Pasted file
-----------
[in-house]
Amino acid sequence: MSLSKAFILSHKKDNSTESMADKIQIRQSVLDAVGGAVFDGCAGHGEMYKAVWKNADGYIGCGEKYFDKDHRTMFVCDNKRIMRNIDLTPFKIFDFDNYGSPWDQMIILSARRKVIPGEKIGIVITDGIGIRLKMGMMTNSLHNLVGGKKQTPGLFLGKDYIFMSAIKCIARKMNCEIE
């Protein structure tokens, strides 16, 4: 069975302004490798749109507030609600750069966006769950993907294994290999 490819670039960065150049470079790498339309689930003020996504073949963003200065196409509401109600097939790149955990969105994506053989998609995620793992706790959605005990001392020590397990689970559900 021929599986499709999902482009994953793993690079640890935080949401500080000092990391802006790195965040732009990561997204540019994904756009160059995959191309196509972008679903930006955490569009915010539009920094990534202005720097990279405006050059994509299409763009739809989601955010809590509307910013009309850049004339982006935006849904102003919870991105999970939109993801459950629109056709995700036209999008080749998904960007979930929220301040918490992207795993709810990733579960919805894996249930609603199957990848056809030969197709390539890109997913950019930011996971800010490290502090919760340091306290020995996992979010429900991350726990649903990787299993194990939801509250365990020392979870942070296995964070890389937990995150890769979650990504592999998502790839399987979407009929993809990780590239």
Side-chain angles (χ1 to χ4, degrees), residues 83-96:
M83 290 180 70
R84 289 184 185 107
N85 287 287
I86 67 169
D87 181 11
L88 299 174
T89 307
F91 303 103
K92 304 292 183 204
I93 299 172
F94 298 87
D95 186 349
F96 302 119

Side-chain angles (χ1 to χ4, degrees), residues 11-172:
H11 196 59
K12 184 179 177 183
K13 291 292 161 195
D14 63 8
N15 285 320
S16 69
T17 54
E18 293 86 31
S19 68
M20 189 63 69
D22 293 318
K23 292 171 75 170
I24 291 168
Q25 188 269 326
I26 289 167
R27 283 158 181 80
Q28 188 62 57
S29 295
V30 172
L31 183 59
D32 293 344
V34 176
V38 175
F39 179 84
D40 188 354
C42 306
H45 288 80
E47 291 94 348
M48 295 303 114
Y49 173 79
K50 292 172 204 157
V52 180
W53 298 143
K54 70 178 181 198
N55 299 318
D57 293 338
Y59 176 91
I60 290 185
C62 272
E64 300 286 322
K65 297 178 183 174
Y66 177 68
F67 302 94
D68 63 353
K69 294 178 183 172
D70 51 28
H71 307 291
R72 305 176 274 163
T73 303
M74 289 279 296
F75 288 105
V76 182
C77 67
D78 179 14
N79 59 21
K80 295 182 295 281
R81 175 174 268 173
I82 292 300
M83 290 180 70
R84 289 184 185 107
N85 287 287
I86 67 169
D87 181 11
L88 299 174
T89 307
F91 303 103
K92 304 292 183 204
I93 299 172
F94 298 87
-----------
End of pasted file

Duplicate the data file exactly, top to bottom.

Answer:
[in-house]
Amino acid sequence: MSLSKAFILSHKKDNSTESMADKIQIRQSVLDAVGGAVFDGCAGHGEMYKAVWKNADGYIGCGEKYFDKDHRTMFVCDNKRIMRNIDLTPFKIFDFDNYGSPWDQMIILSARRKVIPGEKIGIVITDGIGIRLKMGMMTNSLHNLVGGKKQTPGLFLGKDYIFMSAIKCIARKMNCEIE
């Protein structure tokens, strides 16, 4: 069975302004490798749109507030609600750069966006769950993907294994290999 490819670039960065150049470079790498339309689930003020996504073949963003200065196409509401109600097939790149955990969105994506053989998609995620793992706790959605005990001392020590397990689970559900 021929599986499709999902482009994953793993690079640890935080949401500080000092990391802006790195965040732009990561997204540019994904756009160059995959191309196509972008679903930006955490569009915010539009920094990534202005720097990279405006050059994509299409763009739809989601955010809590509307910013009309850049004339982006935006849904102003919870991105999970939109993801459950629109056709995700036209999008080749998904960007979930929220301040918490992207795993709810990733579960919805894996249930609603199957990848056809030969197709390539890109997913950019930011996971800010490290502090919760340091306290020995996992979010429900991350726990649903990787299993194990939801509250365990020392979870942070296995964070890389937990995150890769979650990504592999998502790839399987979407009929993809990780590239």
Side-chain angles (χ1 to χ4, degrees), residues 83-96:
M83 290 180 70
R84 289 184 185 107
N85 287 287
I86 67 169
D87 181 11
L88 299 174
T89 307
F91 303 103
K92 304 292 183 204
I93 299 172
F94 298 87
D95 186 349
F96 302 119

Side-chain angles (χ1 to χ4, degrees), residues 11-172:
H11 196 59
K12 184 179 177 183
K13 291 292 161 195
D14 63 8
N15 285 320
S16 69
T17 54
E18 293 86 31
S19 68
M20 189 63 69
D22 293 318
K23 292 171 75 170
I24 291 168
Q25 188 269 326
I26 289 167
R27 283 158 181 80
Q28 188 62 57
S29 295
V30 172
L31 183 59
D32 293 344
V34 176
V38 175
F39 179 84
D40 188 354
C42 306
H45 288 80
E47 291 94 348
M48 295 303 114
Y49 173 79
K50 292 172 204 157
V52 180
W53 298 143
K54 70 178 181 198
N55 299 318
D57 293 338
Y59 176 91
I60 290 185
C62 272
E64 300 286 322
K65 297 178 183 174
Y66 177 68
F67 302 94
D68 63 353
K69 294 178 183 172
D70 51 28
H71 307 291
R72 305 176 274 163
T73 303
M74 289 279 296
F75 288 105
V76 182
C77 67
D78 179 14
N79 59 21
K80 295 182 295 281
R81 175 174 268 173
I82 292 300
M83 290 180 70
R84 289 184 185 107
N85 287 287
I86 67 169
D87 181 11
L88 299 174
T89 307
F91 303 103
K92 304 292 183 204
I93 299 172
F94 298 87